Gaining feedback is important for us to grow. Learning in your RTO comes when feedback tells us about something that was perhaps a scotoma, or a blind spot. We all have them, these blind spots, the things that others see and we don’t. So when we get negative feedback, what do we do with it? Sometimes we act, and improve, yet sometime we do nothing. When we change it allows a stabilising of the system. This can be referred to as homeostasis, as in biology, or equilibrium, as in mechanics.
Effective feedback, both positive and negative, is very helpful. We take this valuable information and make important decisions in our RTO. Yet we so often don’t see the real essence of what someone is trying to say. If someone says – that training was crap – well that is true. In their head it was. However the fact is not true that the training was crap for everyone. In fact probably the majority of the people who attended the training thought it was amazing. The problem is, these people usually don’t say anything.
RTOs need to have mechanisms to find the feedback, and be able to act upon it. However if you only see one sided feedback, then this could be giving you a one-sided picture. To truly gain benefit from feedback it needs to be constructive. Bagging someone out and using absolute terms and words doesn’t help anyone. Just because you didn’t deliver what someone wanted or the greatest presentation on earth, doesn’t mean “you are not a good presenter” or “you have no idea”. It might just mean they didn’t hear what they wanted.
Perhaps when the person who said your training was crap, was really trying to grasp the concepts you put forward, and couldn’t put them into their world. Perhaps they were having a bad day, or maybe they just didn’t like what you said. We see situations and people through our own experiences, feelings and perceptions.
So how can we change this?
What we need is open communication! Dialogue that goes two-way and back again. Perhaps if we asked “so you thought the training session was bad, what specifically did you not like?” then you would have a better understanding, and you could respond. “OK, so if we did this, would that make more sense?”
This means your students, you Trainers and Assessors and even your clients have access to the RTO Manager / CEO so they feel they can openly discuss opportunities within the RTO. If you have any 3rd party contracts – you also need to consider how feedback from these parties are managed. If you assistance then call us at RTO Mentor so we can review what you have in place, and provide a suitable solution.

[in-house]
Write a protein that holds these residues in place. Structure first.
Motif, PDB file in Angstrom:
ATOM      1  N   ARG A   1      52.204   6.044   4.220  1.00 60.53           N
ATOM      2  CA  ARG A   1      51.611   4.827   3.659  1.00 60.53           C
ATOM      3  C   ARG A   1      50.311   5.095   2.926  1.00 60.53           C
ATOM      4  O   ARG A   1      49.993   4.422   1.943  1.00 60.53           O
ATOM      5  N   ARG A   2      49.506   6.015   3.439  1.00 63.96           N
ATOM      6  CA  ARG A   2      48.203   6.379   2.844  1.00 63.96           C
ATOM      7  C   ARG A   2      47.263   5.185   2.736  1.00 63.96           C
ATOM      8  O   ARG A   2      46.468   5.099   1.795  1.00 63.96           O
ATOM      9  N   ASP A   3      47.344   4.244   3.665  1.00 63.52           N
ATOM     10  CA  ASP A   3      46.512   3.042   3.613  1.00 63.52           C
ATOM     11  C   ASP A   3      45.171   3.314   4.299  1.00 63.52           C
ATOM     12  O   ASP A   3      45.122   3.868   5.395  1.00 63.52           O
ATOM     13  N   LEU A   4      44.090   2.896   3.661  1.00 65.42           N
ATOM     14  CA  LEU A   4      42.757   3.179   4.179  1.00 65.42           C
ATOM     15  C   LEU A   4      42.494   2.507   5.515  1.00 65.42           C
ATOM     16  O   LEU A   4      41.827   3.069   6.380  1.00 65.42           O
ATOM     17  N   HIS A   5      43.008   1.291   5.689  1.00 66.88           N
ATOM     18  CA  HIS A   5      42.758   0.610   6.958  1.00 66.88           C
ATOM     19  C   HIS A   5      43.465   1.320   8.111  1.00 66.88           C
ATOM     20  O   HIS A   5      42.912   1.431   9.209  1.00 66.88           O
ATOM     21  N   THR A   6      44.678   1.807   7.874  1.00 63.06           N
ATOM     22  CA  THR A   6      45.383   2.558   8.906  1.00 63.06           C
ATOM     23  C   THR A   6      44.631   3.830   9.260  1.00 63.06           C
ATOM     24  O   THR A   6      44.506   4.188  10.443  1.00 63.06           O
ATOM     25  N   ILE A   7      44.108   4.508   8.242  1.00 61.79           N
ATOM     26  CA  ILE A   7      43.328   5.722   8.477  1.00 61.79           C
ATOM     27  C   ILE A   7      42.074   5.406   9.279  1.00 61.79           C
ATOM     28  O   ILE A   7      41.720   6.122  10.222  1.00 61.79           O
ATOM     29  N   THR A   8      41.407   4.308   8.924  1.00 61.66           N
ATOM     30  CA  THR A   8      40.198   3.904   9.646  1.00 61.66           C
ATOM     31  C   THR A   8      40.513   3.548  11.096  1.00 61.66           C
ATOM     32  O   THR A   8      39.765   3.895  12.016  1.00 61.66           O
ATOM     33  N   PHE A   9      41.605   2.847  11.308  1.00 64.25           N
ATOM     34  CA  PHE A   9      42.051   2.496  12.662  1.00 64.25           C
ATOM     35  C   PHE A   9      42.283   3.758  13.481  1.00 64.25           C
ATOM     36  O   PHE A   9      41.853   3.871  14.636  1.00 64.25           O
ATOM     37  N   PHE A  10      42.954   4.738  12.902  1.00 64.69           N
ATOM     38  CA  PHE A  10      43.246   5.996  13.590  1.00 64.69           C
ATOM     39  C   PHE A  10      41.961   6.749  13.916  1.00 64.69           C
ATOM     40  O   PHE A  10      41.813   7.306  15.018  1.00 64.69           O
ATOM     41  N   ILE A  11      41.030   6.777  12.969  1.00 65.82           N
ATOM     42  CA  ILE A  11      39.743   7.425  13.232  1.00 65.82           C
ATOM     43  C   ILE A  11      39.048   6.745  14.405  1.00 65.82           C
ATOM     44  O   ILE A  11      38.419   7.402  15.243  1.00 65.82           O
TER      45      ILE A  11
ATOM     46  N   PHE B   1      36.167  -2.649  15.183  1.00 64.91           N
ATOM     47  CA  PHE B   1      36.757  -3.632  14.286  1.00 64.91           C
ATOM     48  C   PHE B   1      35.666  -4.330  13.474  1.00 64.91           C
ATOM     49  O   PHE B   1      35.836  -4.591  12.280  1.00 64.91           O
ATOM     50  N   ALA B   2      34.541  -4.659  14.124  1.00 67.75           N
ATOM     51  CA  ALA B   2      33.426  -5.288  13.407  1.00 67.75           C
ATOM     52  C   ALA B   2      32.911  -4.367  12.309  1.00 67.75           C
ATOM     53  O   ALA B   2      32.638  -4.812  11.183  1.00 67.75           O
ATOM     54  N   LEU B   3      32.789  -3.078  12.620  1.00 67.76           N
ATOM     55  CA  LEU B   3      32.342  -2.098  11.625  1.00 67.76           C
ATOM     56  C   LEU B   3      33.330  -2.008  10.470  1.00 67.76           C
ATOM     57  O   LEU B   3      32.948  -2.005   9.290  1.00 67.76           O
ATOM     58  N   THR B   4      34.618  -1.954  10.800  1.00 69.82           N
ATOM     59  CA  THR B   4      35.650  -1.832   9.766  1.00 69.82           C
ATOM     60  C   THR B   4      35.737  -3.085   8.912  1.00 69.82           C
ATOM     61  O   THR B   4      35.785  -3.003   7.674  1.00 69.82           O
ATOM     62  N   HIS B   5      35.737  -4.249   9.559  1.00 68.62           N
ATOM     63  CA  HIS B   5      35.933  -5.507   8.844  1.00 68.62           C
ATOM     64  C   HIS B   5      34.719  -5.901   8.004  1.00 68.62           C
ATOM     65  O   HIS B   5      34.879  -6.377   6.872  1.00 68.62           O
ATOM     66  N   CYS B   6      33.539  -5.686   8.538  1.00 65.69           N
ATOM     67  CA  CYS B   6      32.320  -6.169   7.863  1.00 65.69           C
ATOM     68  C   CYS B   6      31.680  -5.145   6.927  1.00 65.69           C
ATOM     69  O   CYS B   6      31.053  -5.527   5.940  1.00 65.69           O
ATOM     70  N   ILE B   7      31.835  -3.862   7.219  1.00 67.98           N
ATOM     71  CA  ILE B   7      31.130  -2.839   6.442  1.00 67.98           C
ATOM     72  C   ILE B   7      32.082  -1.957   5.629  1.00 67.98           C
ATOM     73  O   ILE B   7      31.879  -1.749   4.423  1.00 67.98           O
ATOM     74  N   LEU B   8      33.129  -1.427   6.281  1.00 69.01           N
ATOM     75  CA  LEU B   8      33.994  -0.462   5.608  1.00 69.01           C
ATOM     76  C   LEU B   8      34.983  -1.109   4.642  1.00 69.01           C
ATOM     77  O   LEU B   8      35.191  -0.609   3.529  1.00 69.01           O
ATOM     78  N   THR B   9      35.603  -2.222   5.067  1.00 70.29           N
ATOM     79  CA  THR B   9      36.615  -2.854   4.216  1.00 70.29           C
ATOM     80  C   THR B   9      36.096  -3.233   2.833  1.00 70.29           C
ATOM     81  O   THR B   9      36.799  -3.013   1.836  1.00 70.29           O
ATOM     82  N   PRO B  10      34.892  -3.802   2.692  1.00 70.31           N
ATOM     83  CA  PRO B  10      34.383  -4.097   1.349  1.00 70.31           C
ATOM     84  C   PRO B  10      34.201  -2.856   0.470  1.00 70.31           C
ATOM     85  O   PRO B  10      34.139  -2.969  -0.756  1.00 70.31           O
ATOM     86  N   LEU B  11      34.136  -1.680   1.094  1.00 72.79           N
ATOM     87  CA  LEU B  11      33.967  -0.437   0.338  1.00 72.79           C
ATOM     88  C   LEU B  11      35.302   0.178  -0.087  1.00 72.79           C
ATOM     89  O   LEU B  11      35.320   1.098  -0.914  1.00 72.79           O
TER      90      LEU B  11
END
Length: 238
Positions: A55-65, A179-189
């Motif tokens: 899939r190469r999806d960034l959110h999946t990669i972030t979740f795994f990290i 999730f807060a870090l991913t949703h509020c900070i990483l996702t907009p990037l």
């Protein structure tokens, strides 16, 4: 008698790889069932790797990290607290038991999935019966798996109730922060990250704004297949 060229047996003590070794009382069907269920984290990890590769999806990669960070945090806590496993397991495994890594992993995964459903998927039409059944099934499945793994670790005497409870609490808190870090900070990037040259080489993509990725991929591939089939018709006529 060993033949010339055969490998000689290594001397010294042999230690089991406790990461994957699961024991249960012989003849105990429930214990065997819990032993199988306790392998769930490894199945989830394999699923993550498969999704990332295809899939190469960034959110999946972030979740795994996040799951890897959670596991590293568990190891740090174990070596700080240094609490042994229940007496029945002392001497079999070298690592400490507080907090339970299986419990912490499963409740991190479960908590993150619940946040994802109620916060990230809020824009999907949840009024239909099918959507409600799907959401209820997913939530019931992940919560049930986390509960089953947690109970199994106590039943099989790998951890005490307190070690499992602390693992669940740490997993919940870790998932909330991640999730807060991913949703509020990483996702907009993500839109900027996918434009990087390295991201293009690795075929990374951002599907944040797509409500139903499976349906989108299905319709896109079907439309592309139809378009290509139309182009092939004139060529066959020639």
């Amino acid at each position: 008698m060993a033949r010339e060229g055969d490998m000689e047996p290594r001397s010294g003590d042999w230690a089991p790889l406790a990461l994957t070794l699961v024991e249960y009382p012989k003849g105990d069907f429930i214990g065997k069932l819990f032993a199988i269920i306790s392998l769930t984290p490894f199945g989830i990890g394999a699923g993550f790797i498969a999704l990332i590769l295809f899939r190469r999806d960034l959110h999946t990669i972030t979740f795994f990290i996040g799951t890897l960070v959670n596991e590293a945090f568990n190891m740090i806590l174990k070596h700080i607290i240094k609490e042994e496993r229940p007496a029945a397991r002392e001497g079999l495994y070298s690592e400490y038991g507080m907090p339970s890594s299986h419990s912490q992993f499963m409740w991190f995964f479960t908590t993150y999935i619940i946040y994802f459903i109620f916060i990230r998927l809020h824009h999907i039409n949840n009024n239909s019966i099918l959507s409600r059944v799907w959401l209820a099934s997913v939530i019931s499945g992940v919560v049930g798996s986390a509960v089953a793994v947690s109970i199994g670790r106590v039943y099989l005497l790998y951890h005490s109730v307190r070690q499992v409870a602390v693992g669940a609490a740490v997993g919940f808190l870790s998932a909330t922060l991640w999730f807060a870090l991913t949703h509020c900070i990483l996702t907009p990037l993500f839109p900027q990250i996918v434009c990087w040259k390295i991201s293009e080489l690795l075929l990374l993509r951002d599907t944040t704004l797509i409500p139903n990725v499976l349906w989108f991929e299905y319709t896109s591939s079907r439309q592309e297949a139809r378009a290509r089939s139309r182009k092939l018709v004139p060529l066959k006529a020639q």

Feedback is the cheapest, most powerful, yet, most under used management tool that we have at our disposal. The problem is, we don’t like giving feedback. Do you actually remember the last time somebody gave you feedback on something you’ve done outside of a scheduled or paid feedback session? I’m thinking you can’t, or it was so long ago you’re having to wrack your brain to remember.
So people don’t give feedback often, and we are not used to hearing it. Or we only hear negative comments, and shut them out. Even when it is positive, people sometimes turn it into a negative! Hence feedback is unfortunately avoided or even feared. Yet it is probably one of the greatest gifts you can give and also receive from someone.
The benefit of being coached
This leads me to the benefit of having coaches. We need coaches in the workplace. Coaches that can support you in your journey, in business, in life. Coaches can assist you in many areas, and provide you with regular feedback. Coaching often involves an emotional shift, and supporting you through your journey. Coaching allows you to think through feedback and make sense of it. It provides ongoing, regular and informal feedback. It allows us to put in place changes, inspire us to do more, or ways to strategize for the next session.
This post relates to RTOs, yet it also relates to us, personally. Having open dialogue allows us to feel the impact of feedback, whether negative or positive. Its really a balanced approach, when we give feedback, making sure we have an understanding of our own motives and current mood – whether you feel angry, annoyed, jealous, stressed, or simply just have a negative attitude towards the other person. Then it is up to you to really look at the performance of the other person professionally and kindly, with the goal of helping them to unlock their greatest potential.
Giving feedback is just as beneficial as receiving feedback, because it makes us think, reflect, and consider other views as well. Working without feedback is similar to setting out an important journey minus a map or signposts. You may have a great sense of direction but this may not be sufficient to keep you on track.
Consider how you will support the giving and receiving of feedback in your life and your RTO.